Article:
Author: Morris, Geof

Banjos in the spring

We never thought it would get here, and perhaps even now it hasnít, but the last two days in Central Victoria, South-eastern Australia, have been warmer and sunnier with that light, deft touch of breeze, than for the past four months of what was, for us, a cold and often bleak Winter.

Spring here brings with it not only lighter, fresher, softer, warmer air, but the promise of music in the outdoors! Musicians may be found around the centre of Bendigo (population roughly 100,000) busking as if released from hibernation.

Bluegrass or acoustic festivals in general are rare in Australia except on a small local level. This fact is misleading, as there are countless acoustically inclined musicians jamming here there and everywhere and involved in gigs at local pubs. They by all means donít play exclusively bluegrass music, but tend to mix it in with their own songs and what, in the U.S., would be labeled ďAmericanaĒ (the appellation doesnít appear to fit similar music played in Australia!)

Acoustic or predominantly bluegrass festivals are difficult to organize, principally owing to the sheer distance involved in bringing top artists or groups some hundreds if not thousands of miles to the event. One local committee has, however, succeeded in bridging this gap in a quite remarkable way.

The little town of Guildford is some twenty or so miles from Bendigo. It boasts a hotel (pub really) there since the gold-rush days of 1850-60), a music-hall, (solid brick, over 150 years old, a store, a few houses, a very small school, and thatís your town! It is carried by gardening and faming families in the district.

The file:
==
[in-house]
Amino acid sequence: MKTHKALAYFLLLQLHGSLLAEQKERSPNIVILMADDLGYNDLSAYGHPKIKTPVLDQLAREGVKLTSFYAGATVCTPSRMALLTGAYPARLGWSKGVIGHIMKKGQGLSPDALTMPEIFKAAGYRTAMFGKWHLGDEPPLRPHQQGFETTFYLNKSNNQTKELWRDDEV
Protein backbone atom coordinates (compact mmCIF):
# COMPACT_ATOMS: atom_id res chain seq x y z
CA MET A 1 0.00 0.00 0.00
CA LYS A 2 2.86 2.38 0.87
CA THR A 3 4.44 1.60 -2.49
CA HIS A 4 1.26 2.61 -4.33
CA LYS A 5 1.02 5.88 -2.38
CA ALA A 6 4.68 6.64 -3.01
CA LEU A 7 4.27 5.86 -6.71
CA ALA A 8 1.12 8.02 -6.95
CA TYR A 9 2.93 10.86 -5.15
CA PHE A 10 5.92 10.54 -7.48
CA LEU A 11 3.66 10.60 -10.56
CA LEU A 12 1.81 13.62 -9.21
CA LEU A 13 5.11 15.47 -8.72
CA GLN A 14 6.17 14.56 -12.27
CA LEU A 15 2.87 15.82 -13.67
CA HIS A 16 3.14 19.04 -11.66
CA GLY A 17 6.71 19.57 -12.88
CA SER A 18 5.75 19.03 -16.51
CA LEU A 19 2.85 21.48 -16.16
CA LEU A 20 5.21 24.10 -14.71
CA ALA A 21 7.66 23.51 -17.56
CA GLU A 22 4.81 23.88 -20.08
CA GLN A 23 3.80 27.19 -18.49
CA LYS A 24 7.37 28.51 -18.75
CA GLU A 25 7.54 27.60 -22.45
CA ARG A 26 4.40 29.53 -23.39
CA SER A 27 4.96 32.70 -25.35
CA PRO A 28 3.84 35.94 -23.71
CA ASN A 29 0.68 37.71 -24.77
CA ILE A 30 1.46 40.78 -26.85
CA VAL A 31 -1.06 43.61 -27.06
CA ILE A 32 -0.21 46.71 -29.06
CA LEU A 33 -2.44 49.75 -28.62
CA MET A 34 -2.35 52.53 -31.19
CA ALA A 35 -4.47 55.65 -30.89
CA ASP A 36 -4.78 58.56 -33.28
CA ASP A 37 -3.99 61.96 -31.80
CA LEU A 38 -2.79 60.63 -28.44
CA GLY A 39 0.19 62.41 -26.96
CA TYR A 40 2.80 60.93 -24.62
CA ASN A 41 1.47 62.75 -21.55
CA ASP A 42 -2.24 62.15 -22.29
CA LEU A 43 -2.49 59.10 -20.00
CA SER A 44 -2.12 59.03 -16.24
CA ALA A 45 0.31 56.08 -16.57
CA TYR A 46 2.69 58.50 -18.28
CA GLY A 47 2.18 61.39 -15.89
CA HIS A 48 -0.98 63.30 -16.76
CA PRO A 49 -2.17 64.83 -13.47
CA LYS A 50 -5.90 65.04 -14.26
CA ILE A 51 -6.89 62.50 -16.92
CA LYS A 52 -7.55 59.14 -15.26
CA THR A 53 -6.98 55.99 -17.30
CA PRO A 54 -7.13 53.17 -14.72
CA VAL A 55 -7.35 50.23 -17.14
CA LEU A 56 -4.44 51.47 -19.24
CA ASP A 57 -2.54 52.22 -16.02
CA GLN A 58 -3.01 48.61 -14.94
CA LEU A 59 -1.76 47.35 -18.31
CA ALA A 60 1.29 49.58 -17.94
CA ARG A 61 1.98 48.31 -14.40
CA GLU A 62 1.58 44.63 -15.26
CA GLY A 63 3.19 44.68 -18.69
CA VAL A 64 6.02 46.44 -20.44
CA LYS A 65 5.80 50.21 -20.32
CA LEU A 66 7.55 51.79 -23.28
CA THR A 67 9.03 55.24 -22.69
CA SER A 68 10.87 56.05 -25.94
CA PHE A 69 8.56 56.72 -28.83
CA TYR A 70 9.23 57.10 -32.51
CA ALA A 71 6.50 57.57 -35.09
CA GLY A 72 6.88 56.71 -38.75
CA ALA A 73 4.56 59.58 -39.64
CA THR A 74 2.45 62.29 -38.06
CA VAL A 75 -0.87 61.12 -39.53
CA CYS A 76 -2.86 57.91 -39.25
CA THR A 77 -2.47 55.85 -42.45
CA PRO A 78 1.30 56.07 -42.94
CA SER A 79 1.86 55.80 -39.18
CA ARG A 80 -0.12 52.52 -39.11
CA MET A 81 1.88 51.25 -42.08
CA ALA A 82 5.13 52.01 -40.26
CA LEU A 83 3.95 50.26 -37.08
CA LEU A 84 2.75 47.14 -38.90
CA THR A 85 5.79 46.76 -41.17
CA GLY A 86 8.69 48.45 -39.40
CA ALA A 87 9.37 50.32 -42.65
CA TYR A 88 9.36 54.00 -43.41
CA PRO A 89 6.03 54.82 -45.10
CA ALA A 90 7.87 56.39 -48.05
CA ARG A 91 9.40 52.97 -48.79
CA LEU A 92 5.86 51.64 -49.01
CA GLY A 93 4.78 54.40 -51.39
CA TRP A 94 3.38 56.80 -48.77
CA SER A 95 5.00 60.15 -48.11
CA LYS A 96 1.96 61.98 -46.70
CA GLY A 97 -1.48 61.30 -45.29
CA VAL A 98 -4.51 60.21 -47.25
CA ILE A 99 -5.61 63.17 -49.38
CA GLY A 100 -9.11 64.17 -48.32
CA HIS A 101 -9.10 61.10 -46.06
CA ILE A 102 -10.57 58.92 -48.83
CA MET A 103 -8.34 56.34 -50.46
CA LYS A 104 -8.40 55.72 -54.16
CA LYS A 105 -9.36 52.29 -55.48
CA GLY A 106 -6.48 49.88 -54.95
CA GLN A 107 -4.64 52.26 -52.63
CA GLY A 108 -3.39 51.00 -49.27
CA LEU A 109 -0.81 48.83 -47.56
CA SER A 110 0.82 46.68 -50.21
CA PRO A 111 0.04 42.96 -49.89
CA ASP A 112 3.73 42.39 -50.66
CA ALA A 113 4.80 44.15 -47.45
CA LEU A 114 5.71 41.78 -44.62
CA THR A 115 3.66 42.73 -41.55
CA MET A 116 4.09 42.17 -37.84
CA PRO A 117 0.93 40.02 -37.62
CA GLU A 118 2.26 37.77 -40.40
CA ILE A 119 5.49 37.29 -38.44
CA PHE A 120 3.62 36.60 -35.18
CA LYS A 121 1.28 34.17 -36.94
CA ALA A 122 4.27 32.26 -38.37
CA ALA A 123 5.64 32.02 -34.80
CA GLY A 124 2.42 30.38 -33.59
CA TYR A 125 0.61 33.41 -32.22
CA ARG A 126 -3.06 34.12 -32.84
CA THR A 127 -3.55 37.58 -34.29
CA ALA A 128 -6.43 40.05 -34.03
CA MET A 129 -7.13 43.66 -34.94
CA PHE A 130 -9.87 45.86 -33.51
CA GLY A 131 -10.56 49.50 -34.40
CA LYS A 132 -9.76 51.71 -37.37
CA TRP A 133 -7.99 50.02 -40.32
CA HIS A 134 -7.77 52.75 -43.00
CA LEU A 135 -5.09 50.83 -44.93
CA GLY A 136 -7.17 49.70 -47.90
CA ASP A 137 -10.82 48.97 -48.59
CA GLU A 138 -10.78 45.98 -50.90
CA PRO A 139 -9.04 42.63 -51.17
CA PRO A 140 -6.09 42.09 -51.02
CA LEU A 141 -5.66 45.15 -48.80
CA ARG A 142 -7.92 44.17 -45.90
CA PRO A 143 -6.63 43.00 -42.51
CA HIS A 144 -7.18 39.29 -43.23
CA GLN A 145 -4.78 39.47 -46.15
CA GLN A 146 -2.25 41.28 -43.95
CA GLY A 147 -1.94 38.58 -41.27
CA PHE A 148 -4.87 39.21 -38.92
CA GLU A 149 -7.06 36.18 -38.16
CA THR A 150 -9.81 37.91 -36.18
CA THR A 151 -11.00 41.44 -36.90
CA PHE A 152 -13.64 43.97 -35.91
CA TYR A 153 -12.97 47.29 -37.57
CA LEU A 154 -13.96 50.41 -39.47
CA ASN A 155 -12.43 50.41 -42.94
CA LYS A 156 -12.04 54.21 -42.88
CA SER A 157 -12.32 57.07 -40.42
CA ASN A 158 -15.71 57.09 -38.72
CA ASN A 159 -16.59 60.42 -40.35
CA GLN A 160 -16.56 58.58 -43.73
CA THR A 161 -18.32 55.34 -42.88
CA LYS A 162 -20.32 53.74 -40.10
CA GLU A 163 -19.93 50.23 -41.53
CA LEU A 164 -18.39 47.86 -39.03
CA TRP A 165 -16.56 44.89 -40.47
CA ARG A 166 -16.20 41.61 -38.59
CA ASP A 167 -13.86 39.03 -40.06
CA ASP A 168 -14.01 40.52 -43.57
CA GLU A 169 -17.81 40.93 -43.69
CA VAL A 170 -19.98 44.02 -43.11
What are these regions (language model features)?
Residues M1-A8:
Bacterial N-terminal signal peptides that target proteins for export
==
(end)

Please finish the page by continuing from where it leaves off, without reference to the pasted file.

Several years ago, a bunch of musicians began to jam there often, had, of course, a marvelous and highly social time doing so. From this, the step was taken to invite others to join them. Why not choose a week-end in early spring?

Our Central Victorian climate at this time of year is famously unpredictable: could be warm, sunny and pleasant; could quite easily turn to rain and chill winds. Well, the beer-garden can accommodate a large number of people if sunny, otherwise, so the organizers thought, we adjourn rapidly into the pub and the music-hall or both!

Thus the Banjo Jamboree was born. Its only point of professionalism, apart from the musicians who attend, is a Management Committee and the obligatory website and facebook.

Now, some ten years or more on, hundreds of people travel to Guildford from great distances, not so much to hear top people play, but to jam themselves and participate actively in workshops and concerts. Its atmosphere remains informal, welcoming and hugely musical!

You sit on a chair (if youíre lucky) or a brick wall around the beer-garden; you dash across the road to the store to pick up something for lunch, then back to the music.

Why Guildford? Well I think itís one of those delightful happy accidents of fate which has now placed this remarkable week-end of music and friendship on the map. The connection between spring, beautiful countryside and music is a beautiful combination impossible to resist.

Posted:  9/4/2012

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